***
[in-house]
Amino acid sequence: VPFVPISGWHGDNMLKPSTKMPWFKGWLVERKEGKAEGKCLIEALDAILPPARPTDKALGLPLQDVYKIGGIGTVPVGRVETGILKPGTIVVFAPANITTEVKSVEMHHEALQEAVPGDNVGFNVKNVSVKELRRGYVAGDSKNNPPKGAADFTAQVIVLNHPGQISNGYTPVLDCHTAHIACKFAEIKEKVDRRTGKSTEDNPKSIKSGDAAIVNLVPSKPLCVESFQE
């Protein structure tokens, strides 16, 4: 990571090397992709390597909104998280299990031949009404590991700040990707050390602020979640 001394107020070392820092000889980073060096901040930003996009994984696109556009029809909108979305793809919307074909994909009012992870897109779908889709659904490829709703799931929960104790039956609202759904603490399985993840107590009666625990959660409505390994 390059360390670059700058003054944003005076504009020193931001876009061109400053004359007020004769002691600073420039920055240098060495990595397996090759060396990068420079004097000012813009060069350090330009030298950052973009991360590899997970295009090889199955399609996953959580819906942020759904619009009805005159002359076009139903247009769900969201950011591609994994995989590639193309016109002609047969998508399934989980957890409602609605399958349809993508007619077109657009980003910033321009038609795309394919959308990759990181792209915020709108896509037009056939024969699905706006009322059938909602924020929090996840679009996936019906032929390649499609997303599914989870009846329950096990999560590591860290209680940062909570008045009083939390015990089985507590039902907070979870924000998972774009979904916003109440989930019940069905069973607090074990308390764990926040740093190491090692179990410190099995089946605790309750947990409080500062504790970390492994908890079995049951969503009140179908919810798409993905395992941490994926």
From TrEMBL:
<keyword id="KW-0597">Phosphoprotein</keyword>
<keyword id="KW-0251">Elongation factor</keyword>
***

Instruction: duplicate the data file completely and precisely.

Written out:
[in-house]
Amino acid sequence: VPFVPISGWHGDNMLKPSTKMPWFKGWLVERKEGKAEGKCLIEALDAILPPARPTDKALGLPLQDVYKIGGIGTVPVGRVETGILKPGTIVVFAPANITTEVKSVEMHHEALQEAVPGDNVGFNVKNVSVKELRRGYVAGDSKNNPPKGAADFTAQVIVLNHPGQISNGYTPVLDCHTAHIACKFAEIKEKVDRRTGKSTEDNPKSIKSGDAAIVNLVPSKPLCVESFQE
């Protein structure tokens, strides 16, 4: 990571090397992709390597909104998280299990031949009404590991700040990707050390602020979640 001394107020070392820092000889980073060096901040930003996009994984696109556009029809909108979305793809919307074909994909009012992870897109779908889709659904490829709703799931929960104790039956609202759904603490399985993840107590009666625990959660409505390994 390059360390670059700058003054944003005076504009020193931001876009061109400053004359007020004769002691600073420039920055240098060495990595397996090759060396990068420079004097000012813009060069350090330009030298950052973009991360590899997970295009090889199955399609996953959580819906942020759904619009009805005159002359076009139903247009769900969201950011591609994994995989590639193309016109002609047969998508399934989980957890409602609605399958349809993508007619077109657009980003910033321009038609795309394919959308990759990181792209915020709108896509037009056939024969699905706006009322059938909602924020929090996840679009996936019906032929390649499609997303599914989870009846329950096990999560590591860290209680940062909570008045009083939390015990089985507590039902907070979870924000998972774009979904916003109440989930019940069905069973607090074990308390764990926040740093190491090692179990410190099995089946605790309750947990409080500062504790970390492994908890079995049951969503009140179908919810798409993905395992941490994926």
From TrEMBL:
<keyword id="KW-0597">Phosphoprotein</keyword>
<keyword id="KW-0251">Elongation factor</keyword>